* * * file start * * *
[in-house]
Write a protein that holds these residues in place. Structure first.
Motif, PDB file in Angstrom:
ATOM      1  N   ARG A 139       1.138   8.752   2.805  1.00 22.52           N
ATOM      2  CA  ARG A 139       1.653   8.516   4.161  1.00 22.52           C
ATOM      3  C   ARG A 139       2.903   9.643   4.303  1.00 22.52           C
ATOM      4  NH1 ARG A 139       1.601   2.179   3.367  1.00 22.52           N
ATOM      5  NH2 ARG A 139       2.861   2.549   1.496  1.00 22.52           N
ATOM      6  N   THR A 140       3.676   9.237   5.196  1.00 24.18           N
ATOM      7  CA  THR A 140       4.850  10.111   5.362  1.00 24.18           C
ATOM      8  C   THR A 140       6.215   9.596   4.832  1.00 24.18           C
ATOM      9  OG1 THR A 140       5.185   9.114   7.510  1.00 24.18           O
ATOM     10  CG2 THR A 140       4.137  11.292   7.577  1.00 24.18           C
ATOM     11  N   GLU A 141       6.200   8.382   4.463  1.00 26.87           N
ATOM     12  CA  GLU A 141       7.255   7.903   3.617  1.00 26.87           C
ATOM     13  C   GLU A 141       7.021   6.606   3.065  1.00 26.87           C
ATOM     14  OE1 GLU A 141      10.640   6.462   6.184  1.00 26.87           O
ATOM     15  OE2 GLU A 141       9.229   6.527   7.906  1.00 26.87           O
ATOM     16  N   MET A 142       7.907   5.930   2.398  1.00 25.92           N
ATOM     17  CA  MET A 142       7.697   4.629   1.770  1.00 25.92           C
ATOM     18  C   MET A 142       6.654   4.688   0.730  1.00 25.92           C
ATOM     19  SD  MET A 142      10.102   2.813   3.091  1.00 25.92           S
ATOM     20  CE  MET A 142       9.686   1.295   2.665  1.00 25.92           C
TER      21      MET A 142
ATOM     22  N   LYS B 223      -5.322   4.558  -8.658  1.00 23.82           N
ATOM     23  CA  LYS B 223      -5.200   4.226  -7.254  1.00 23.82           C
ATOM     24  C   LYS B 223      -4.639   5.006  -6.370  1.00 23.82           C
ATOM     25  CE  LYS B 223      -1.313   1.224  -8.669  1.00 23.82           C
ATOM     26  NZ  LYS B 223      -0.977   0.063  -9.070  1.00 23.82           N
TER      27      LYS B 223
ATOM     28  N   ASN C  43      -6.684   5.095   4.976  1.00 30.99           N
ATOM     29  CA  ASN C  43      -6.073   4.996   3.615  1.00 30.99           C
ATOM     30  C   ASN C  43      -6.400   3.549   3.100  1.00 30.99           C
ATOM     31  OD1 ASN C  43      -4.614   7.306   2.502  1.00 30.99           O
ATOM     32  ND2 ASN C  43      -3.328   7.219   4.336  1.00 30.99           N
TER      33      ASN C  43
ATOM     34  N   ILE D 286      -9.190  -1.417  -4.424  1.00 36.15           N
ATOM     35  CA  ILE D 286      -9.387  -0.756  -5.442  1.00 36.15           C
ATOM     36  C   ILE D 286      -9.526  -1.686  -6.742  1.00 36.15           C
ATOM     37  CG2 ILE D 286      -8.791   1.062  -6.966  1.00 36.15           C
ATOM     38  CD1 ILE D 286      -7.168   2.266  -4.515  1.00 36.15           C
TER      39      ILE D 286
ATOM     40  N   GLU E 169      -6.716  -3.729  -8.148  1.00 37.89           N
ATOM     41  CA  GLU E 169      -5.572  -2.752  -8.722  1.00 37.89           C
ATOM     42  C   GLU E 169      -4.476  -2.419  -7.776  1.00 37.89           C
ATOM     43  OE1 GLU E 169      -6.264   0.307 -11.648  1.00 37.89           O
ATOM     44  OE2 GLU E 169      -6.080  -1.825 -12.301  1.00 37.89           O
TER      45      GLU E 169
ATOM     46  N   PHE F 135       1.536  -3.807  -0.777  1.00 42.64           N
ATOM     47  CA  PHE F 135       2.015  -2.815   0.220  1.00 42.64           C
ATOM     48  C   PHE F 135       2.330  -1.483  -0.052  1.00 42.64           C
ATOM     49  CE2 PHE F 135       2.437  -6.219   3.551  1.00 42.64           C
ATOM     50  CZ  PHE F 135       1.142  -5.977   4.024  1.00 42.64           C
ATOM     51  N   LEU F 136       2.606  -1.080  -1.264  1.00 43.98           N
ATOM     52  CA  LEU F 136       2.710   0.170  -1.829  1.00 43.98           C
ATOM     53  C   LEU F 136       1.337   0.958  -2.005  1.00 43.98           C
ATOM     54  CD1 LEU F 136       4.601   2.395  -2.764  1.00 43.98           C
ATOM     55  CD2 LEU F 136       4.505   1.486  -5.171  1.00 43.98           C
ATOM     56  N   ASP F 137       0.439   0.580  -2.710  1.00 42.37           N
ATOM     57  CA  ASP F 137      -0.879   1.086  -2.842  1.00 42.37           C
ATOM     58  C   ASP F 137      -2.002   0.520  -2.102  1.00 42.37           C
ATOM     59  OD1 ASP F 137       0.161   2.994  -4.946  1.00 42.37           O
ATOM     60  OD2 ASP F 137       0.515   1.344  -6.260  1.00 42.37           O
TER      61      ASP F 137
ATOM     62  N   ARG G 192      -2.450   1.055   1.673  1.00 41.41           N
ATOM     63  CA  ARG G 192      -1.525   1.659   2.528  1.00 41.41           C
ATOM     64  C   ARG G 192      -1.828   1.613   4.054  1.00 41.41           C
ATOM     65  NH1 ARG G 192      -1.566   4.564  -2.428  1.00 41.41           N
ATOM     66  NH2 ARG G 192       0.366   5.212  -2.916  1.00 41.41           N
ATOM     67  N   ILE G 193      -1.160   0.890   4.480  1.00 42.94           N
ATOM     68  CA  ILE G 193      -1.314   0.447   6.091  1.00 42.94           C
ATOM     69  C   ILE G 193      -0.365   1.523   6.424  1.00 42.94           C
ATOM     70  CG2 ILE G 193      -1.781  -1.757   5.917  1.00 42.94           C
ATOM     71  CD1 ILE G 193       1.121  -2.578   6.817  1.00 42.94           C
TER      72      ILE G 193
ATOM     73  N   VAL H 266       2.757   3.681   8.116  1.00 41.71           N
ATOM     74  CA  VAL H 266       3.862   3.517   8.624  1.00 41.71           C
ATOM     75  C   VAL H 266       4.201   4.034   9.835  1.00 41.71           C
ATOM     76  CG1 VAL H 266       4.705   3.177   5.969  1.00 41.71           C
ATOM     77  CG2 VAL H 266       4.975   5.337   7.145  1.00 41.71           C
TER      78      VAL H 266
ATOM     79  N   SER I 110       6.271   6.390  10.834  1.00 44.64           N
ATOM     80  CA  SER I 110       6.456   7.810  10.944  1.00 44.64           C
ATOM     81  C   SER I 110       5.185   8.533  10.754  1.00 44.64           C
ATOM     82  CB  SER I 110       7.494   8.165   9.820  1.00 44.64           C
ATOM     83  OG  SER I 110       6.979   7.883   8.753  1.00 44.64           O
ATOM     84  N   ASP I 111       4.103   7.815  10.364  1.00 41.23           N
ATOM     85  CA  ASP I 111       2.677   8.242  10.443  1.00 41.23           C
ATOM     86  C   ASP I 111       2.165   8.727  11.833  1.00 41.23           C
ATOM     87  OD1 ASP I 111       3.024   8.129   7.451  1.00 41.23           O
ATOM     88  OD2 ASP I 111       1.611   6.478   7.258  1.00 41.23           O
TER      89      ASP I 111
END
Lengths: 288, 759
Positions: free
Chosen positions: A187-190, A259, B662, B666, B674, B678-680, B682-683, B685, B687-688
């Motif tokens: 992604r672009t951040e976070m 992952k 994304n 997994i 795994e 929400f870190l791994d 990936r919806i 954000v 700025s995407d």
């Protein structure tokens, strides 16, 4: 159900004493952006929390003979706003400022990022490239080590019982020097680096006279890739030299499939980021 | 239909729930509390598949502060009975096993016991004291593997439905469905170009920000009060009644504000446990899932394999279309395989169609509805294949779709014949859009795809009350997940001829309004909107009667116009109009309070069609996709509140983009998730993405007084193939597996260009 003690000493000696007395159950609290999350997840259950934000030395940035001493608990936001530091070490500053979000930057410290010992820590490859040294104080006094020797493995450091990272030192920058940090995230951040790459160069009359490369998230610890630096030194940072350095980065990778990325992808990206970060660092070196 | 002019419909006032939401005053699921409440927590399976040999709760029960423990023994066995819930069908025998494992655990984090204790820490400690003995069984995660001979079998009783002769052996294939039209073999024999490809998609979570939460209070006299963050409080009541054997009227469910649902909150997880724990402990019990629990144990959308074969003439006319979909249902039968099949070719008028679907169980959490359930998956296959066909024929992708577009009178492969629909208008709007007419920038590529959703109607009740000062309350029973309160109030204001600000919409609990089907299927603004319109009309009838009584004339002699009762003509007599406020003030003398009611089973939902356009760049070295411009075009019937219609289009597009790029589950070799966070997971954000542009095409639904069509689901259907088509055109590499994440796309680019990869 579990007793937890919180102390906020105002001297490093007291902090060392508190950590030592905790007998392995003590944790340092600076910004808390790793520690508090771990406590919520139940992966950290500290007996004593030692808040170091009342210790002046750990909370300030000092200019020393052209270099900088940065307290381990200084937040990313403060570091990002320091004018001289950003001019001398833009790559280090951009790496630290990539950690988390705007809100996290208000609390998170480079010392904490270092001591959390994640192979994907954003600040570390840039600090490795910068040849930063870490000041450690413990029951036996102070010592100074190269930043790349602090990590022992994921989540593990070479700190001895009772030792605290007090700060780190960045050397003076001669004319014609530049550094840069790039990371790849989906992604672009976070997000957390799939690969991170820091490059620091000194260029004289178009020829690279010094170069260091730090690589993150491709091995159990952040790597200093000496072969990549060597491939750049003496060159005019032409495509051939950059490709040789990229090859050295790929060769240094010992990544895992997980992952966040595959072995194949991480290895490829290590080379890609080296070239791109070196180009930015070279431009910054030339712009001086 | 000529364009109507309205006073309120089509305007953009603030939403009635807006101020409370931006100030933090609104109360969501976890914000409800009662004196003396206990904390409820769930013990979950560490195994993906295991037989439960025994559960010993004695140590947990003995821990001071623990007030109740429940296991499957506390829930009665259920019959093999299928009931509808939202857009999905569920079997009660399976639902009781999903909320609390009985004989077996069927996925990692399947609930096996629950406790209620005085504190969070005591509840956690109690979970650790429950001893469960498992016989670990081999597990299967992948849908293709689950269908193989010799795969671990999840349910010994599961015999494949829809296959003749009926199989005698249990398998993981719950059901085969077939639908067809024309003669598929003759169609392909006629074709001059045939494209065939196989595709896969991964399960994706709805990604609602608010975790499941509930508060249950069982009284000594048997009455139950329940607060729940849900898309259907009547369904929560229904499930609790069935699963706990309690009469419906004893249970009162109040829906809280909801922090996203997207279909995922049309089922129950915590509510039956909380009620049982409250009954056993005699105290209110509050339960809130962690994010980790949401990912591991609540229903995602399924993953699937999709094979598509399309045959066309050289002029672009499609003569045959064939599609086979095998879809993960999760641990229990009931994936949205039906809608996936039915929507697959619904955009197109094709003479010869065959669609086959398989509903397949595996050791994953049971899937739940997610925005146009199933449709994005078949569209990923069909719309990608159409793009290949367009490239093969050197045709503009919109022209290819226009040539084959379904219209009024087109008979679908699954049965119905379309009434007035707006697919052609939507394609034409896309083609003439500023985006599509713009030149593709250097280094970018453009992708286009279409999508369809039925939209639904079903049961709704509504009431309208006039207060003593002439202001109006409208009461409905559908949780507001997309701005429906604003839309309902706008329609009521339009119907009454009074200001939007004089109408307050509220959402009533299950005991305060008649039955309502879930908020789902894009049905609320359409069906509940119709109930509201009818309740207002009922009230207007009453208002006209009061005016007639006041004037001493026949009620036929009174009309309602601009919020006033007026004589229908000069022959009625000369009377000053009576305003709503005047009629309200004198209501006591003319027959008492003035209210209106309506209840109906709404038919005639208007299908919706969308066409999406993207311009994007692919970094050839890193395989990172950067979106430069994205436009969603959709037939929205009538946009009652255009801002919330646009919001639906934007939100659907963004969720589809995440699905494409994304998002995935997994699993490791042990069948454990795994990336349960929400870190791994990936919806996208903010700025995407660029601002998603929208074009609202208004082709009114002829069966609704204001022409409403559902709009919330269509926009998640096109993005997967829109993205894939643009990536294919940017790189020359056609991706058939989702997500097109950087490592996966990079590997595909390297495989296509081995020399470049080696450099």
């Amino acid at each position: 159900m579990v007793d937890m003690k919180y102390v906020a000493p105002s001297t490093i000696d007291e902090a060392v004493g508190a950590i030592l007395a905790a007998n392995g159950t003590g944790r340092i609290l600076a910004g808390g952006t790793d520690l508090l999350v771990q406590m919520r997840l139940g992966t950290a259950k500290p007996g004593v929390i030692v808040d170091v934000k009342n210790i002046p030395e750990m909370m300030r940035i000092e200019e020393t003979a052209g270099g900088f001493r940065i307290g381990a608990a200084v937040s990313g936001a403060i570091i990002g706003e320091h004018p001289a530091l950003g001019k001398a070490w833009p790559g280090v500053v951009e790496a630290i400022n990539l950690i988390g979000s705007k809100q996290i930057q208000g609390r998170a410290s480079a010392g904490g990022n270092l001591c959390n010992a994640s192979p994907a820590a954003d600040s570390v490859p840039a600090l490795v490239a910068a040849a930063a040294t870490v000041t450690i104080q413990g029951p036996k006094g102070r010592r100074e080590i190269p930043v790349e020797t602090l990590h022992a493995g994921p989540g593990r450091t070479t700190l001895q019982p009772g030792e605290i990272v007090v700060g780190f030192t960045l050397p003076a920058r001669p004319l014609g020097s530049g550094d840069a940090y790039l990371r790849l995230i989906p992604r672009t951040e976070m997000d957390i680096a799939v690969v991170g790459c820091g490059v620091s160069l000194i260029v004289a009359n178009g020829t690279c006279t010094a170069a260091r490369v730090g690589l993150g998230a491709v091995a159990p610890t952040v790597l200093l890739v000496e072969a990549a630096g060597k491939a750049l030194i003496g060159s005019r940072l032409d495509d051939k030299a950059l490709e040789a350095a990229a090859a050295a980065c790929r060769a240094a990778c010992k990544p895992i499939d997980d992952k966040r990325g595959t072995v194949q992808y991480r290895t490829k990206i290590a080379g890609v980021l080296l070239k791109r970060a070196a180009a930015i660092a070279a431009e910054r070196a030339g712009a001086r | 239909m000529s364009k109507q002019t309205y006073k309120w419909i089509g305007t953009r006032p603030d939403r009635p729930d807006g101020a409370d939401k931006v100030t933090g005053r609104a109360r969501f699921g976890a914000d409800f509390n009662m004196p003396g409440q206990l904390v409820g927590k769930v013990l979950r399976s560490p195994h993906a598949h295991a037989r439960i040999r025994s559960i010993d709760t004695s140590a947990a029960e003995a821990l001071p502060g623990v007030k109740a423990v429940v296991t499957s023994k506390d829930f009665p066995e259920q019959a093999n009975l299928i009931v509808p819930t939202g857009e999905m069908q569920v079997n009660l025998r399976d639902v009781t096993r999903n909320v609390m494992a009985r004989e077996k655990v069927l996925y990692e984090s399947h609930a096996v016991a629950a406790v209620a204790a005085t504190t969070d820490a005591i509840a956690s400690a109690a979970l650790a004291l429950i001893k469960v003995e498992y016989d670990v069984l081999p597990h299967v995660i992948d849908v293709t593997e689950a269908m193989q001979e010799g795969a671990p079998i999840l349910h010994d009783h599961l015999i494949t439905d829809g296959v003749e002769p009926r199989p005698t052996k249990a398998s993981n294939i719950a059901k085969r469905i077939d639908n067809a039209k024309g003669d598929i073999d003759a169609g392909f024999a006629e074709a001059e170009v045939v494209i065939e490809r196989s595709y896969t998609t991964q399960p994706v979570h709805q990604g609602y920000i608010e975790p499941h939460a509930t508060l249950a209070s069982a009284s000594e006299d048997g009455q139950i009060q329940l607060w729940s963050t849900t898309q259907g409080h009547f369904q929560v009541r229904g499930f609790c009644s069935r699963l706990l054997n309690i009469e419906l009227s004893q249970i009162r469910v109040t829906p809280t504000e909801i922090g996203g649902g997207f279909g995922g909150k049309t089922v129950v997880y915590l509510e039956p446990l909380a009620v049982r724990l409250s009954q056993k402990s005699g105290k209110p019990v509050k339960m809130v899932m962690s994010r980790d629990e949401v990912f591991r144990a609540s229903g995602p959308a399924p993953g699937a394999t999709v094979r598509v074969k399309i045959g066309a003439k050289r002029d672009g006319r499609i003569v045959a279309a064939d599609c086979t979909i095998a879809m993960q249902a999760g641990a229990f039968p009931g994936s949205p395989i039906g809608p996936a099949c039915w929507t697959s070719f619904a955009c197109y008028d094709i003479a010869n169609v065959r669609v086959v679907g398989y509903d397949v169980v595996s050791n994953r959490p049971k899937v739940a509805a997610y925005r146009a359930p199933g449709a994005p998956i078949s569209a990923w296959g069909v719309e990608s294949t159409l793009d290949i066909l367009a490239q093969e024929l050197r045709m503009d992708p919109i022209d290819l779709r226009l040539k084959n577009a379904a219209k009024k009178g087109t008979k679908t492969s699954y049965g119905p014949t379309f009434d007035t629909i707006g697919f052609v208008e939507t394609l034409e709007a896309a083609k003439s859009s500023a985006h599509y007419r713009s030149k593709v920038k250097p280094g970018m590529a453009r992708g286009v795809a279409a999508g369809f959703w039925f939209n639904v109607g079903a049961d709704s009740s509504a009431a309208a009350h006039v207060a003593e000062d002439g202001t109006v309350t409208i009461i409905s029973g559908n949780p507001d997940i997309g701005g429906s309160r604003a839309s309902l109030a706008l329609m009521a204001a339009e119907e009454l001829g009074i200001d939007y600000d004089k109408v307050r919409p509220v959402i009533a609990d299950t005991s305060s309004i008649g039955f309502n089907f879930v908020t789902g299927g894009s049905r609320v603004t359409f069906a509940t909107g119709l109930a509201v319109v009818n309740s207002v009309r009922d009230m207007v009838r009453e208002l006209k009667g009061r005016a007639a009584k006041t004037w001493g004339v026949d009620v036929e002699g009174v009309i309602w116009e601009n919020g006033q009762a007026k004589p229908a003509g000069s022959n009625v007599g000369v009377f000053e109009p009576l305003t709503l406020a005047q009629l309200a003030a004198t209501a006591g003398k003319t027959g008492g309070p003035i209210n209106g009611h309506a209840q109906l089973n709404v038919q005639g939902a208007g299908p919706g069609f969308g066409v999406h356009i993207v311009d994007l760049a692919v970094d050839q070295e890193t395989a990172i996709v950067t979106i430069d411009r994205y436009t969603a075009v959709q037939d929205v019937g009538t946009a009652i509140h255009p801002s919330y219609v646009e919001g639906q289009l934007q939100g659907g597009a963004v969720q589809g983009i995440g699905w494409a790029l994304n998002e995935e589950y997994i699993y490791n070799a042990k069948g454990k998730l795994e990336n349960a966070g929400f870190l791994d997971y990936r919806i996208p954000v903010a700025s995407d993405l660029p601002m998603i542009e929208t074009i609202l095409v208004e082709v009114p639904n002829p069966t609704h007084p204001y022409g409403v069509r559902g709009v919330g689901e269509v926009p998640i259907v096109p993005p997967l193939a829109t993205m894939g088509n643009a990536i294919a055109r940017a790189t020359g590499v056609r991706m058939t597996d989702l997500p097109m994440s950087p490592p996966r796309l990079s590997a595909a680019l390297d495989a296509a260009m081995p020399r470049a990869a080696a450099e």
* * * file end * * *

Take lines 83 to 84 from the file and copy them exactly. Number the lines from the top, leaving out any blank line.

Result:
ATOM     80  CA  SER I 110       6.456   7.810  10.944  1.00 44.64           C
ATOM     81  C   SER I 110       5.185   8.533  10.754  1.00 44.64           C